The film cuts to a nighttime Greyhound ride to Toronto and the Ontario College of Art, where Mau learns about its publicity department and “the intersection of word and image” which he finds fascinating. His portfolio leads him to a job in London with the famous graphics firm Pentagram, which he does not find fascinating. He decides to devote himself to working for the public good.
Returning to Toronto in 1982, he co-founded Public Good Design and Communications and attempted to reconcile the reality of the 9 to 5 with idealism: “How do we use the power and creative energy we have to make the world a better place for more people?” he asks in the film. The group has worked for the Red Cross, the nurses’ union and small arts institutions.
Feeling that he had no education, he built his own, through people. His “library of people” included Marcel Duchamp, John Cage, Buckminster Fuller, Eileen Gray, the Eames.
With Dutch architect Rem Koolhaas, he created “S, M, L, XL,” a three-inch-thick, six-pound almanac of Koolhaas’ built and unbuilt structures. Organized into small, large, and extra-large buildings, the book is big, brash, and raw, with grainy and opposite imagery. With words and images rocking for position, Mau visualized the written word, giving the book the cinematic impact of a flipbook.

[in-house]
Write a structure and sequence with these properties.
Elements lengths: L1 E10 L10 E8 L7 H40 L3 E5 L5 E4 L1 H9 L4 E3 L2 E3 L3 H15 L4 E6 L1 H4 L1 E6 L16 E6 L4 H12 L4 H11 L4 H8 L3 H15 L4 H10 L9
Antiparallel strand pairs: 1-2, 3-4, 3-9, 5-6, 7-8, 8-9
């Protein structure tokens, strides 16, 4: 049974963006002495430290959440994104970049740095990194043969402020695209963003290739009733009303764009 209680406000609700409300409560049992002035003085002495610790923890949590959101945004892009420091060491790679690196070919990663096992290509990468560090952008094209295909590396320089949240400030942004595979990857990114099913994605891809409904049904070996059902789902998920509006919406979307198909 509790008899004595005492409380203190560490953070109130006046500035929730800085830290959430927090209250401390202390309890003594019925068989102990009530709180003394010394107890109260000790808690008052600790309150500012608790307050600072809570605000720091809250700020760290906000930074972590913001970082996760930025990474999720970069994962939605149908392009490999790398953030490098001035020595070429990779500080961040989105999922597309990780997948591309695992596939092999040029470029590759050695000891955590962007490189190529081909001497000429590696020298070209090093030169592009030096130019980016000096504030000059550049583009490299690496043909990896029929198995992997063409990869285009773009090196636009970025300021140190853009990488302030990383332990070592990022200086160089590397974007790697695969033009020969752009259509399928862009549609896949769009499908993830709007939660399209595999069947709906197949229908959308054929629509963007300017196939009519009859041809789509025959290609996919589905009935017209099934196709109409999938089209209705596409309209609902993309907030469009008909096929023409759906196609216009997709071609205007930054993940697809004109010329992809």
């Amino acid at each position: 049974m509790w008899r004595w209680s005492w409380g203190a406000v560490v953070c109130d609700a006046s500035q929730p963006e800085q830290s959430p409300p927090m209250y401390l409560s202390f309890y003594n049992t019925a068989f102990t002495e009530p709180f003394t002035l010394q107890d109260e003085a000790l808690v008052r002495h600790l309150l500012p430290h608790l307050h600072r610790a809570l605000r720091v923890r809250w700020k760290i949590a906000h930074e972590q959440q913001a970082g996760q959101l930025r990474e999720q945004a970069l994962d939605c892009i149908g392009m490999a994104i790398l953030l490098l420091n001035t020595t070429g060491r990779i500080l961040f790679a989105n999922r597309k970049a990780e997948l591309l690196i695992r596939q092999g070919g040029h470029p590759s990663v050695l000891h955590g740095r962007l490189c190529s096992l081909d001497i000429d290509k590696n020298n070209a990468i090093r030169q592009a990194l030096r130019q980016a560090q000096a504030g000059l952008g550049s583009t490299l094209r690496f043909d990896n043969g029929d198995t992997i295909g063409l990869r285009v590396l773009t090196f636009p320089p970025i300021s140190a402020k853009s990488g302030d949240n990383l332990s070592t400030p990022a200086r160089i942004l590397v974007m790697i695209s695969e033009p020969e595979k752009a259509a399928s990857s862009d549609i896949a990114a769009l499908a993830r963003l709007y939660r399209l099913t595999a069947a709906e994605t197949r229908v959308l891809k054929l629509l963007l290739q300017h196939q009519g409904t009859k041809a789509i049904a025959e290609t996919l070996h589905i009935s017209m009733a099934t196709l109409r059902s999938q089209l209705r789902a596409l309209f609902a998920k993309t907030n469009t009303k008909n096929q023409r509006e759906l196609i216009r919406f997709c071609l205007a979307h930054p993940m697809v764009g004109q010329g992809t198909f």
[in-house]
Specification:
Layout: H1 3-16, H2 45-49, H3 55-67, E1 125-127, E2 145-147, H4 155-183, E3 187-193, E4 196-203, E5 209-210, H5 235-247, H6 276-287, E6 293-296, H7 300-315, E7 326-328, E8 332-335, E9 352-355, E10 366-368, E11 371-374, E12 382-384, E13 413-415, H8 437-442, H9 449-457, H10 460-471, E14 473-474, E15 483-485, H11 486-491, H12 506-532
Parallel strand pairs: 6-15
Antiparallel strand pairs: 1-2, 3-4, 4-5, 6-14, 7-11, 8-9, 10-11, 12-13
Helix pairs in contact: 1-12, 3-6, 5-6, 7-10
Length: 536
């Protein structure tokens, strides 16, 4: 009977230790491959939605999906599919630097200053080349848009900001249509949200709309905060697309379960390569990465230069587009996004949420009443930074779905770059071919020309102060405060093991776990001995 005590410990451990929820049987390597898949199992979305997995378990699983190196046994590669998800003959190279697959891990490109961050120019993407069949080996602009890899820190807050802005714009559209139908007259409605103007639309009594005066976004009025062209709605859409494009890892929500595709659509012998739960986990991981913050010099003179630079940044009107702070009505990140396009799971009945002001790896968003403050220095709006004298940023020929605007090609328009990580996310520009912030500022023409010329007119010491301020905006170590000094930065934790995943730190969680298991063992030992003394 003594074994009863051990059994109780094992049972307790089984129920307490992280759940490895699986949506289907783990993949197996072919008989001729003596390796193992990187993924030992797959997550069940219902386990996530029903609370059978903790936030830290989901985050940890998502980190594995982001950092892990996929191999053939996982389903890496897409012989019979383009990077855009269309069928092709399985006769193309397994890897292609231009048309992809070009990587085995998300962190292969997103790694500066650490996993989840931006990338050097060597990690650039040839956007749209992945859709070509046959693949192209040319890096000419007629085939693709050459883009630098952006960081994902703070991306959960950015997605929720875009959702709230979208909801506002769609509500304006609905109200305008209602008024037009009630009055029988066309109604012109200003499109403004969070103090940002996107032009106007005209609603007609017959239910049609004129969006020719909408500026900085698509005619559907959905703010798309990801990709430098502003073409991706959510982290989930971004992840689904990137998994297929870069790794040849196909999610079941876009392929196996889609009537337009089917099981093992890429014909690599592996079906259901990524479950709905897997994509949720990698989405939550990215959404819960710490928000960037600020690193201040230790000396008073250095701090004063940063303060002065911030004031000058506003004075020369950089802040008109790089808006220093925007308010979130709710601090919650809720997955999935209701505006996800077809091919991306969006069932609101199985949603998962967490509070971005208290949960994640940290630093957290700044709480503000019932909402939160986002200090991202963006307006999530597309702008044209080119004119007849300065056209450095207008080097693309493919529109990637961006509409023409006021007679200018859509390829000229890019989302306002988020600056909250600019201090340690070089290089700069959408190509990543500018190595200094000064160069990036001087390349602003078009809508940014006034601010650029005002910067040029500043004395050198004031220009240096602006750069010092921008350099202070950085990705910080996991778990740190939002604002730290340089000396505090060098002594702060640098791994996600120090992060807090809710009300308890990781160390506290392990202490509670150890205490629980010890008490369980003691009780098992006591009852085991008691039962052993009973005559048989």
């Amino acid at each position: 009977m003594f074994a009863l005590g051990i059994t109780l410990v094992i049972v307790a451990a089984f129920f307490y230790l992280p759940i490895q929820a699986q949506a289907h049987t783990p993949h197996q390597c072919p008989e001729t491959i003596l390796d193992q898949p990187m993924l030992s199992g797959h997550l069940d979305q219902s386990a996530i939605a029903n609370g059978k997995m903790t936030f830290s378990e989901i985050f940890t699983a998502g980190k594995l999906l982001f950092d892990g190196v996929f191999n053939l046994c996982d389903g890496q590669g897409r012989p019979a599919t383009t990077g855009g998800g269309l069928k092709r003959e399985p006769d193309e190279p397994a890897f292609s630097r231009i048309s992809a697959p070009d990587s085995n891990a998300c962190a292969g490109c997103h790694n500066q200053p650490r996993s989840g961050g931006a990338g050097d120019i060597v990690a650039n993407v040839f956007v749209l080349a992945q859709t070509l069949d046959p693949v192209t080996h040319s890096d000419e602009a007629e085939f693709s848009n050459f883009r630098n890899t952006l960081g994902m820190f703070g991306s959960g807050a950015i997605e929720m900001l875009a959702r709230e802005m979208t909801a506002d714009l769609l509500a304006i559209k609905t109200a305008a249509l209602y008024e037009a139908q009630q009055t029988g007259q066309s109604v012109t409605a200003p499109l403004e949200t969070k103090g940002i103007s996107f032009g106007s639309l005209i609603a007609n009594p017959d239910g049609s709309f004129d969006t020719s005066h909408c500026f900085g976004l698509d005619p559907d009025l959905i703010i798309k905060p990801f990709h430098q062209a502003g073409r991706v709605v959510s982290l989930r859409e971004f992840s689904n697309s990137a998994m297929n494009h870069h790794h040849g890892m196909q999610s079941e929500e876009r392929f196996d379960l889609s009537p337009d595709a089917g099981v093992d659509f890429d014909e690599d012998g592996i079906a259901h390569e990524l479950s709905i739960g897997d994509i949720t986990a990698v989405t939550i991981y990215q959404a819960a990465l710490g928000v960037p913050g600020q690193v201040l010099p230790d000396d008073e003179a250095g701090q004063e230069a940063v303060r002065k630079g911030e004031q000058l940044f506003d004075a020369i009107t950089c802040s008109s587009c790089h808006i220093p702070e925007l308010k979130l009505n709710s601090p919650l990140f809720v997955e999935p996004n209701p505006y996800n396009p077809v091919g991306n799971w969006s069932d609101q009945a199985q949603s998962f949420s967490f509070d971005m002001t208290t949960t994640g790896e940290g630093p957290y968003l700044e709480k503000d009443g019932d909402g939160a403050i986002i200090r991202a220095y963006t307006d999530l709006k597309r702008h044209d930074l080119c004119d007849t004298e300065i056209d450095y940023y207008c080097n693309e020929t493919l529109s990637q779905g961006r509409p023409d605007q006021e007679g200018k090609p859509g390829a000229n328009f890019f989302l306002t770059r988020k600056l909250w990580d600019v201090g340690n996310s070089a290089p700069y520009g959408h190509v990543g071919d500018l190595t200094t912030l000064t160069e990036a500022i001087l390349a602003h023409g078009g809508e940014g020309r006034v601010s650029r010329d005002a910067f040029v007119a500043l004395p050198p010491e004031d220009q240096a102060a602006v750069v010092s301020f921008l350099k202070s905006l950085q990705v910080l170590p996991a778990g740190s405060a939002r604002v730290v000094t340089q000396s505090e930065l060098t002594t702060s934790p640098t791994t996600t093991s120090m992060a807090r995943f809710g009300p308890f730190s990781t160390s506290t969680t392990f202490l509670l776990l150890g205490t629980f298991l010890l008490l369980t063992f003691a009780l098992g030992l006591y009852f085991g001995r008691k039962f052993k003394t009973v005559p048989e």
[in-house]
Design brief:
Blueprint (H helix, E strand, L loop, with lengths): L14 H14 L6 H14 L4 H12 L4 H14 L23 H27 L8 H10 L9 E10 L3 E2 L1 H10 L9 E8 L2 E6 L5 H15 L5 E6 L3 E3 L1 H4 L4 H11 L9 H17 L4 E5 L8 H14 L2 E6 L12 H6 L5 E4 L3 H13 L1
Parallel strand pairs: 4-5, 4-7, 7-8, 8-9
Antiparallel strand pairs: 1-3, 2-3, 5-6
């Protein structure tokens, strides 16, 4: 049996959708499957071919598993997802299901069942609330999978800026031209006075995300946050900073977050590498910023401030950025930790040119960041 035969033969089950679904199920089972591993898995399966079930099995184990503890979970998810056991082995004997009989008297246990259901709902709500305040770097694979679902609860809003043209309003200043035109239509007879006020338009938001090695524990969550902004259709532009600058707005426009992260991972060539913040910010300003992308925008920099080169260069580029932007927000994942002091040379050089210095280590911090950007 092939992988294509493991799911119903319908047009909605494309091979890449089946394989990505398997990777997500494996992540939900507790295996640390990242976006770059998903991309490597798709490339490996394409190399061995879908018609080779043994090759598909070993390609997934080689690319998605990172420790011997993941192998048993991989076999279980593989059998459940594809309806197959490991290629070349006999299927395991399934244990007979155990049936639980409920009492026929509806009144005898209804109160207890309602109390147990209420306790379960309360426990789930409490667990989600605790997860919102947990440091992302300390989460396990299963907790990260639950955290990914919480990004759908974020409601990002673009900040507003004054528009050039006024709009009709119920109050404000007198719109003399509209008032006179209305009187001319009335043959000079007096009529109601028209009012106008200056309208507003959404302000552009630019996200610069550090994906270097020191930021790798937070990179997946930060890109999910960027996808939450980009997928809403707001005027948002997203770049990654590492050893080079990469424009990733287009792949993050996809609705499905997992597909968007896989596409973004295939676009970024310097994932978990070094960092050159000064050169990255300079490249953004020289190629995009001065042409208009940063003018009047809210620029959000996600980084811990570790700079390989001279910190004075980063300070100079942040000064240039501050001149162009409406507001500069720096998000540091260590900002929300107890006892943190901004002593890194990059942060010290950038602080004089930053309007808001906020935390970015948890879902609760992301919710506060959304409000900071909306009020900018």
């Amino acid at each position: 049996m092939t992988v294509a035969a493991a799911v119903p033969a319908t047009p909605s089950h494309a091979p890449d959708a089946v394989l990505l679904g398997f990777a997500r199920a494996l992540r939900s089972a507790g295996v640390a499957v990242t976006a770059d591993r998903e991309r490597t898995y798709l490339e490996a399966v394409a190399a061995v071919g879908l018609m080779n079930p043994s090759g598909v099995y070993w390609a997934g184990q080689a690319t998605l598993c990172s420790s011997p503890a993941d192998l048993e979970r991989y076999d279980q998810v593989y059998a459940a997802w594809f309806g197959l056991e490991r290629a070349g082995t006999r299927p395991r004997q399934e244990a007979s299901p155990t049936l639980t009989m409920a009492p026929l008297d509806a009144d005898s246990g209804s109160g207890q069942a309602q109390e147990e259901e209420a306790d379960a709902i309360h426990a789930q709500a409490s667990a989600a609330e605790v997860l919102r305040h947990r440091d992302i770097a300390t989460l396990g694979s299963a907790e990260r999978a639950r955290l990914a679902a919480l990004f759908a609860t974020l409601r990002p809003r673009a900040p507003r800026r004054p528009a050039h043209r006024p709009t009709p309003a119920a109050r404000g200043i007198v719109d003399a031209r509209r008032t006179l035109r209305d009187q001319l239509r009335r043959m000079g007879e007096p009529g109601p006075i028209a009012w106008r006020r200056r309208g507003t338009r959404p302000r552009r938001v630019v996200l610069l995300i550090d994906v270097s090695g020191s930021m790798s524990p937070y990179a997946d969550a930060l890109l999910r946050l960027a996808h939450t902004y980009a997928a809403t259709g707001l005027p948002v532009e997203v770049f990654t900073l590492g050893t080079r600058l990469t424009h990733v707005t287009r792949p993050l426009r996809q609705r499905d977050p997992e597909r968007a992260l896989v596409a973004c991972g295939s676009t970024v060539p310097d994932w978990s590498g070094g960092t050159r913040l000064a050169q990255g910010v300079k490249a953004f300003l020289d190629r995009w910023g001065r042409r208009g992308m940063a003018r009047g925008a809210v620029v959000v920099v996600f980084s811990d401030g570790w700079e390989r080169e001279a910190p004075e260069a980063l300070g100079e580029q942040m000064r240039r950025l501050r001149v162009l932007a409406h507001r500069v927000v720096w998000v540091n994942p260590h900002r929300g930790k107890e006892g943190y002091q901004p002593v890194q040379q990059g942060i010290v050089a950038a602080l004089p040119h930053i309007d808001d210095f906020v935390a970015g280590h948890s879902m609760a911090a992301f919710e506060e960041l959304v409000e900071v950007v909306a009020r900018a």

With “S, M, L, XL”, Mau rose to fame as the Andy Warhol of the page, in a form of high-impact intellectual advertising that sought to change the way readers process information. The book anticipated how the Internet was fragmenting language. On stage, the designer may speak in paragraphs and think in chapters, but Mau has broken down the page itself into soundbites, titles, and blocks.
As in Koolhaas’ book, the scale of Mau’s projects in the film scales from small to very large and even super large, as he moves from the designed page to the designed earth. To get to the super big, Mau breaks the boundaries of graphic design to include art, science and technology in what he calls a “factual optimism” that propels him from urban planning and branding. from the country to fairs and even birchbark canoes.